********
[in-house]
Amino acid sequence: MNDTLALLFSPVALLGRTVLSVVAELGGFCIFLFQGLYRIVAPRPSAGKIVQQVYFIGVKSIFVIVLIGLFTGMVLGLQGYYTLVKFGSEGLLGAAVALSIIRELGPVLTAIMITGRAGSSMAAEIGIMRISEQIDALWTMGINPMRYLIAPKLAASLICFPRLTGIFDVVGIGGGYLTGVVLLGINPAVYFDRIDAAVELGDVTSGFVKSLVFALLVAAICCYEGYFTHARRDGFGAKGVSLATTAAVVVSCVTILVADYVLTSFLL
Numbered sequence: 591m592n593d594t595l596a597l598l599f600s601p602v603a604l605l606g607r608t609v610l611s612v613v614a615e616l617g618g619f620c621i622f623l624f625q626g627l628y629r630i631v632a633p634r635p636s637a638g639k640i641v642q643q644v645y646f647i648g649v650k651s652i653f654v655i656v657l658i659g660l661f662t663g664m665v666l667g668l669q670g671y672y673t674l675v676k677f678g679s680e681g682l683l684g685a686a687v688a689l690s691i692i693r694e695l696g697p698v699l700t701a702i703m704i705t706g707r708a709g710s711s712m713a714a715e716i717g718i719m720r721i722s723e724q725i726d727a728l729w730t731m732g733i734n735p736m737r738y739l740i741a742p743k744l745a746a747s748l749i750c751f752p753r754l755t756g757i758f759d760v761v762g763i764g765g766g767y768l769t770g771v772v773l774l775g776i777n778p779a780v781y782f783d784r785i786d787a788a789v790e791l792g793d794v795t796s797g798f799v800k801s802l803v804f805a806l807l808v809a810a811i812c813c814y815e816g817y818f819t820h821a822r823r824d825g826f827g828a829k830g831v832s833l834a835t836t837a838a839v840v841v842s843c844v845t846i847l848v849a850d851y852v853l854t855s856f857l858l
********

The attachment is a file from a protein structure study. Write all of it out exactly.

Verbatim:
[in-house]
Amino acid sequence: MNDTLALLFSPVALLGRTVLSVVAELGGFCIFLFQGLYRIVAPRPSAGKIVQQVYFIGVKSIFVIVLIGLFTGMVLGLQGYYTLVKFGSEGLLGAAVALSIIRELGPVLTAIMITGRAGSSMAAEIGIMRISEQIDALWTMGINPMRYLIAPKLAASLICFPRLTGIFDVVGIGGGYLTGVVLLGINPAVYFDRIDAAVELGDVTSGFVKSLVFALLVAAICCYEGYFTHARRDGFGAKGVSLATTAAVVVSCVTILVADYVLTSFLL
Numbered sequence: 591m592n593d594t595l596a597l598l599f600s601p602v603a604l605l606g607r608t609v610l611s612v613v614a615e616l617g618g619f620c621i622f623l624f625q626g627l628y629r630i631v632a633p634r635p636s637a638g639k640i641v642q643q644v645y646f647i648g649v650k651s652i653f654v655i656v657l658i659g660l661f662t663g664m665v666l667g668l669q670g671y672y673t674l675v676k677f678g679s680e681g682l683l684g685a686a687v688a689l690s691i692i693r694e695l696g697p698v699l700t701a702i703m704i705t706g707r708a709g710s711s712m713a714a715e716i717g718i719m720r721i722s723e724q725i726d727a728l729w730t731m732g733i734n735p736m737r738y739l740i741a742p743k744l745a746a747s748l749i750c751f752p753r754l755t756g757i758f759d760v761v762g763i764g765g766g767y768l769t770g771v772v773l774l775g776i777n778p779a780v781y782f783d784r785i786d787a788a789v790e791l792g793d794v795t796s797g798f799v800k801s802l803v804f805a806l807l808v809a810a811i812c813c814y815e816g817y818f819t820h821a822r823r824d825g826f827g828a829k830g831v832s833l834a835t836t837a838a839v840v841v842s843c844v845t846i847l848v849a850d851y852v853l854t855s856f857l858l